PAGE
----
Both when acting on behalf of the town government and on his own, the Headsman was often called upon to punish individuals of questionable moral character: adulterers, habitual drunks, homosexuals, pederasts, and so forth. The Headsman always believed that he was discharging a duty given him by God when he took a life, especially those of such moral degenerates.
 
Eventually, the original Headsman disappeared, but a sort of urban legend or fairy tale about him appeared in Braddock. The Headsman punished those of questionable moral character just as often as he punished recognizable criminals, and he soon became a sort of spook story used by parents in Braddock to encourage moral behavior in their children. The problem with this story was that, periodically, the Headsman would seemingly return from beyond the grave, to murder morally questionable individuals once more. The most recent time this occurred was in 1991, when the Headsman killed at least five Braddock locals before he was killed by the then-sheriff.
 
In 1991, it was believed that the Headsman was simply a murderer seeking to cash in on the local legend for its fear factor and the authorities could account for everything the Headsman did rationally. For example, the sheriff emptied his .357 revolver into the Headsman at a distance of less than two feet, without causing visible injury. The sherif attributed this to the Headsman wearing a bullet proof vest and/or some other form of armor. However, in his final confrontation with the Headsman, the murderer told the sheriff that:
 
"I am in Emmett Stark's body now, as I have been in the bodies of other hosts many times. Whenever God has commanded me to serve the people of Braddock, I have returned"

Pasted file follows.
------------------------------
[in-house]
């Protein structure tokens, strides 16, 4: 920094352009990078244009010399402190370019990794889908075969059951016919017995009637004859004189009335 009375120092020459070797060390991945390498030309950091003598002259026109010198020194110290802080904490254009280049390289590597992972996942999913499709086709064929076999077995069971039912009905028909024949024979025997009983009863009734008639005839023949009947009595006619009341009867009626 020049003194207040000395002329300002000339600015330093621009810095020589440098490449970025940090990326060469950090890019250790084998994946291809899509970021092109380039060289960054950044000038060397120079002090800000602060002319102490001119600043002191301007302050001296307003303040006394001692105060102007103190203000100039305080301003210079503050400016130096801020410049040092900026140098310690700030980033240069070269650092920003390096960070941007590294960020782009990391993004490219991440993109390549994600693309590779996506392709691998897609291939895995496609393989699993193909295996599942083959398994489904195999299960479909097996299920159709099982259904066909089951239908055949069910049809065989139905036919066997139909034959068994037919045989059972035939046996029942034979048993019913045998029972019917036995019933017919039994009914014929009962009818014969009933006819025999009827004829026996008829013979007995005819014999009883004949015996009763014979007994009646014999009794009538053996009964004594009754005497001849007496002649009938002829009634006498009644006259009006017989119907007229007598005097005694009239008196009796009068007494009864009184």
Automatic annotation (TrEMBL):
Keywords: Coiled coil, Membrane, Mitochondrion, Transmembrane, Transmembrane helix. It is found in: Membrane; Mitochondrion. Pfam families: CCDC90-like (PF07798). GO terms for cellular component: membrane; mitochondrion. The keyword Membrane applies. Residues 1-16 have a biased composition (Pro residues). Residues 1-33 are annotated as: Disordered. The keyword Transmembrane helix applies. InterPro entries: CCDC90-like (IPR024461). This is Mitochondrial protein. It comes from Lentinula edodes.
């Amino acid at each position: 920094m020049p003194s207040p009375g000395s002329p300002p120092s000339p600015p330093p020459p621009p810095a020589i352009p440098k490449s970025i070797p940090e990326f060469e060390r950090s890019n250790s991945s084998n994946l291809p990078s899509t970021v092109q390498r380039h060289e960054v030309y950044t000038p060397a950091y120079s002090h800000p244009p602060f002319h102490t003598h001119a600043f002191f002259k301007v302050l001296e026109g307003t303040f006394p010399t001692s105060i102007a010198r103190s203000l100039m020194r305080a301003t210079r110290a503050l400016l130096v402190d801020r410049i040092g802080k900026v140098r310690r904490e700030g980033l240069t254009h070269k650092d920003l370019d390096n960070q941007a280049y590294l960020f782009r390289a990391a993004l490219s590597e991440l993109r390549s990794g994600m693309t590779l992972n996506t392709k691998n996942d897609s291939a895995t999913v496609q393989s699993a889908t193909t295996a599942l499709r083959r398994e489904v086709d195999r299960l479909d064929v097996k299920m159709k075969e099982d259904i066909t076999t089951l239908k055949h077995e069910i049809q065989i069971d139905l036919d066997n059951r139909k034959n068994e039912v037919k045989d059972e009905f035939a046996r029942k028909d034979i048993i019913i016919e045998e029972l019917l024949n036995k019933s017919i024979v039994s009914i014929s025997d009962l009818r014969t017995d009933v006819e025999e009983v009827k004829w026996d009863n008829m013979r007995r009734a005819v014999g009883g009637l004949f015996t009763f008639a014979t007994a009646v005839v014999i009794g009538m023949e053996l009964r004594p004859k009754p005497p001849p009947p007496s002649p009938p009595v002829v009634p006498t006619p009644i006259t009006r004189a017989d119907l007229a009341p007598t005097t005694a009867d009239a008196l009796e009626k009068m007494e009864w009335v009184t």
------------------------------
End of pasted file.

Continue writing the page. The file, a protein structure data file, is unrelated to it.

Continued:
This opens the possibility that the Headsman was either someone already possessed by some blood-maddened fiend when he first came to America, or that the animus of the original Headsman survived corporeal death to possess others serially down though the years. If this were true, then the supernatural capabilities of the Headsman - at least vast resistance to harm and extreme physical strength - can be explained as changes which the possessing entity wrought in whatever host it was using at the time, to enable it to kill more easily.
 
The Headsman's host in 1991 was slain by the sherif, using the Headsman's own axe, in mortal combat. The extreme resiliency displayed by the Headsman in this confrontation suggests that the Headsman can only be killed by his own weapon. Whether he is a guise adopted by human murderers for various purposes over the years, a sort of shared delusion, or an actual avenging spirit able to act from beyond the grave, the Headsman prefers to adopt the tactics of a ghost. He appears, commits a murder, then disappears seemingly into nowhere, leaving no trace of his actions except a headless corpse.
 
Oh, and the Headsman likes to take the heads of his victims with him. Pleasant dreams.
 
Note: The following characteristic scores apply to the Headsman himself, not to the host body. If the Keeper chooses for the Headsman to be an entirely human murderer - perhaps a psychopath or someone consciously cashing in on Braddock's legend - the difference will still hold. The Headsman will simply present a more feeble public self to the world.